CDM, CFPP of the Month - July 2018
Name: Tanya Ludivig, CDM, CFPP
Job Title: Cook
Employer: Federal Govt. VA Healthcare System
Job Location: St. Cloud, MN
Years at Current Facility: 6
Years in Current Position: 4
CDM Since: 2013
Why did you decide to become a CDM, CFPP?
I wanted to gain more experience in my field and advance in my career. It’s always been an interest of mine and I would like to have a positive impact on the people we serve. My career goal is to lead my own team of people doing what I really enjoy.
What are your main responsibilities in your current position?
As a team we are responsible for preparing food for approximately 400 (per meal) patients across our facility and prepare food to those with different dietary and therapeutic specifications throughout. The goal is to make our food taste great no matter what restrictions are placed on them. In addition, proper presentation is key to great customer service. We prepare a full range of quantity food preparation for approximately 1,250 meals, from basic to new to complex, and direct, lead, and monitor food production activities making sure food safety, sanitation, and food rotation are being implemented. We work with lower-grade cooks by providing guidance to them on food preparation principles and on established safety and sanitation practices in the food production unit.
How do you organize your time at work to make sure you accomplish all your responsibilities?
Proper time management is key to success. My priorities are managed accordingly, and team members are involved in making sure our goals are met. I believe teamwork is one of the most important parts of doing this job and without it we would fail.
What is an example of an innovative way you have made change at your facility and how did you implement it?
Recently, I attended a 1-year course on leadership where we were challenged to come up with a way we could improve our area of responsibility. After discussing it with my leaders, we all decided on a project to create better looking food presentation. I took this project on for my course and all that was needed and wanted was to add a simple garnish to each plate and making the food look amazing. So, I did just that and I took pictures of all menu items and laminated each picture and put them in a 3-ringer binder, with just a simple garnish for each plate and took all steps to make each plate look great and more eye appealing! A plate that looks appetizing in a healthcare facility creates acceptance to the customers.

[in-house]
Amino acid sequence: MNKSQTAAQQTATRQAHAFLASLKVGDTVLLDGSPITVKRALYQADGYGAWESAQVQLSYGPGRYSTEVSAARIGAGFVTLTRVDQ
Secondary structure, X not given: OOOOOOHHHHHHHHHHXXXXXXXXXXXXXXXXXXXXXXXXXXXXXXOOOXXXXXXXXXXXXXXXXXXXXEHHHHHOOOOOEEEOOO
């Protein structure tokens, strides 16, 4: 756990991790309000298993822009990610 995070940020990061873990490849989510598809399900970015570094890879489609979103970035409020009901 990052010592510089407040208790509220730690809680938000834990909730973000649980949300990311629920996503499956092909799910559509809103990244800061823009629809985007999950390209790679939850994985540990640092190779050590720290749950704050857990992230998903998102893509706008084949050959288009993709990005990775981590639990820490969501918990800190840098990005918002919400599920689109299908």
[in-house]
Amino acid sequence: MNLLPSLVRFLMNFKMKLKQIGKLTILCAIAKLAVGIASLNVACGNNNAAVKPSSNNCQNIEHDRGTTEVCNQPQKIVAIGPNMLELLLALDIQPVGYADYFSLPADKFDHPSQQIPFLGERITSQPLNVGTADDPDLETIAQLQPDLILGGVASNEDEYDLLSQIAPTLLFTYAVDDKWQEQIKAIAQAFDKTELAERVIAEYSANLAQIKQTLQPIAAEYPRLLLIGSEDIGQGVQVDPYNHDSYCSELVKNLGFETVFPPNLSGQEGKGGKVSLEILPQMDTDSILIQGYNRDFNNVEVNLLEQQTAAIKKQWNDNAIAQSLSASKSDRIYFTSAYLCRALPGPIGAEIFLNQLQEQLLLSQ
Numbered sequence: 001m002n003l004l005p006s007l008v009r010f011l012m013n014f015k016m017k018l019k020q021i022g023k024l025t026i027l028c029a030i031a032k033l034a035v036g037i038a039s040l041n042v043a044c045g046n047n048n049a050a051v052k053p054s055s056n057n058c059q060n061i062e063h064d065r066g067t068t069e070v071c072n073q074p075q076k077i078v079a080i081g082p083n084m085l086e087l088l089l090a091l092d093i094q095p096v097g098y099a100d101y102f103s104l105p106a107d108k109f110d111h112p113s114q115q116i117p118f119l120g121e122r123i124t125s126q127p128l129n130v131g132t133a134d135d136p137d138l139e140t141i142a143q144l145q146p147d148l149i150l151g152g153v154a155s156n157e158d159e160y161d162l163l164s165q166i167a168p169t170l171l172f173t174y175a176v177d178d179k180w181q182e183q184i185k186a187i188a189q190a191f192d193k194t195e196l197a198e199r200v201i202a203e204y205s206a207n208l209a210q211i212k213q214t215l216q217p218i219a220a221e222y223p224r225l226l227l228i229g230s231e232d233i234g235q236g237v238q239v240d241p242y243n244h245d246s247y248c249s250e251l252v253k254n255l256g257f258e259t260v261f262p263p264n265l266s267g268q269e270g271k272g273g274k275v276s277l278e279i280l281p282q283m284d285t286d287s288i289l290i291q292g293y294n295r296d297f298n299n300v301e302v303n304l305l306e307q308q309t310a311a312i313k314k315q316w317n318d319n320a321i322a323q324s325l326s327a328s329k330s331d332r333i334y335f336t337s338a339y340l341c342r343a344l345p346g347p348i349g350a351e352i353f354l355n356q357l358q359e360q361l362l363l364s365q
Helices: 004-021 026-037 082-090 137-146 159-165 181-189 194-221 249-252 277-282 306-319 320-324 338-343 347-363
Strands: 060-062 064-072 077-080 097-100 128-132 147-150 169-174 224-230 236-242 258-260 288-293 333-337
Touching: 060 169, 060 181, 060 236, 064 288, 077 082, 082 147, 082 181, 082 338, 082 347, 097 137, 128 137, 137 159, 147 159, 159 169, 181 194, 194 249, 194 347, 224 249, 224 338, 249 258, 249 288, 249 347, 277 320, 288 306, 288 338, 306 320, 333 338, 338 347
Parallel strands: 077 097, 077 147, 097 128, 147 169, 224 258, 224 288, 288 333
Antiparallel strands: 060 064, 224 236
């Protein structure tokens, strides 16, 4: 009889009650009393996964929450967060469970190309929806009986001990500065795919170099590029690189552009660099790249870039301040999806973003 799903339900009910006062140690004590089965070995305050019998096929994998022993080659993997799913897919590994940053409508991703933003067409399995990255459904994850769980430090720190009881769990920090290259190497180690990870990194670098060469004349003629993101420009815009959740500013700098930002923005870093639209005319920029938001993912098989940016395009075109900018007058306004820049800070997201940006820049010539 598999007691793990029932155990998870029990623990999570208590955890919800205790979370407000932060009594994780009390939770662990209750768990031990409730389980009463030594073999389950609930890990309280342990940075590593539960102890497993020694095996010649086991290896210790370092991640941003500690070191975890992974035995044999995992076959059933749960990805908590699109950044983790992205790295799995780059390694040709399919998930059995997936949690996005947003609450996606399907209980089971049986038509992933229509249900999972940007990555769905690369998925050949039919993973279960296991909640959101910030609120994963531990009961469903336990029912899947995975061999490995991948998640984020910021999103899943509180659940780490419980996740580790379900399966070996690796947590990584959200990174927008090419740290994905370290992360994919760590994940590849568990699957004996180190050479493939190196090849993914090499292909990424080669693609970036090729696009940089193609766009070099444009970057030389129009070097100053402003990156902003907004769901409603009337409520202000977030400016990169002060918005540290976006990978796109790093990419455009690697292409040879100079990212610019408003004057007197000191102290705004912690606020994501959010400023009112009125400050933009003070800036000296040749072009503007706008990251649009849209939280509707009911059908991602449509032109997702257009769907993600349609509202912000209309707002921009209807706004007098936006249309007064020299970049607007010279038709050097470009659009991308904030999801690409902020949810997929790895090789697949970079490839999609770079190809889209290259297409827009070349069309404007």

I am working to build a training program that describes the process of the proper plate presentation, garnishing steps, and customer service steps and on how all of those steps will be taken that would educate my workmates on these subjects. I will be in the process of setting up small hands-on training sessions for several groups that will include a 20-minute training course on the proper procedure on plate presentation with feedback and a test at the end. The feedback will be used to improve the training. The training may help with resistance to change. There are many crew members to train so there will be many training sessions to get everybody trained. Each group attending will be about eight individuals at a time. I am hoping to get everybody through the training within a one-month span.
What was your first job in the foodservice industry?
At the age of 15 I worked at a hospital as a dietary aid and dishwasher, The Food Service Director at the time put his wings around me and showed me the ropes because he saw the interest I had in the industry. Being so young, I didn’t realize he would be a mentor that I would have for the rest of my life. At the age of 17 he had me fill in as the Food Service Supervisor in the supervisor’s absence and I was fortunate because I was in the work program in high school and was able to work the full shift. My Food Service Director at this job was a great mentor and he encouraged me to pursue foodservice management as a career and he also had recommended a dietary manager course to me as well. He has passed but his legacy lives on today.
Who has been your biggest mentor in foodservice and how have they helped shape your career?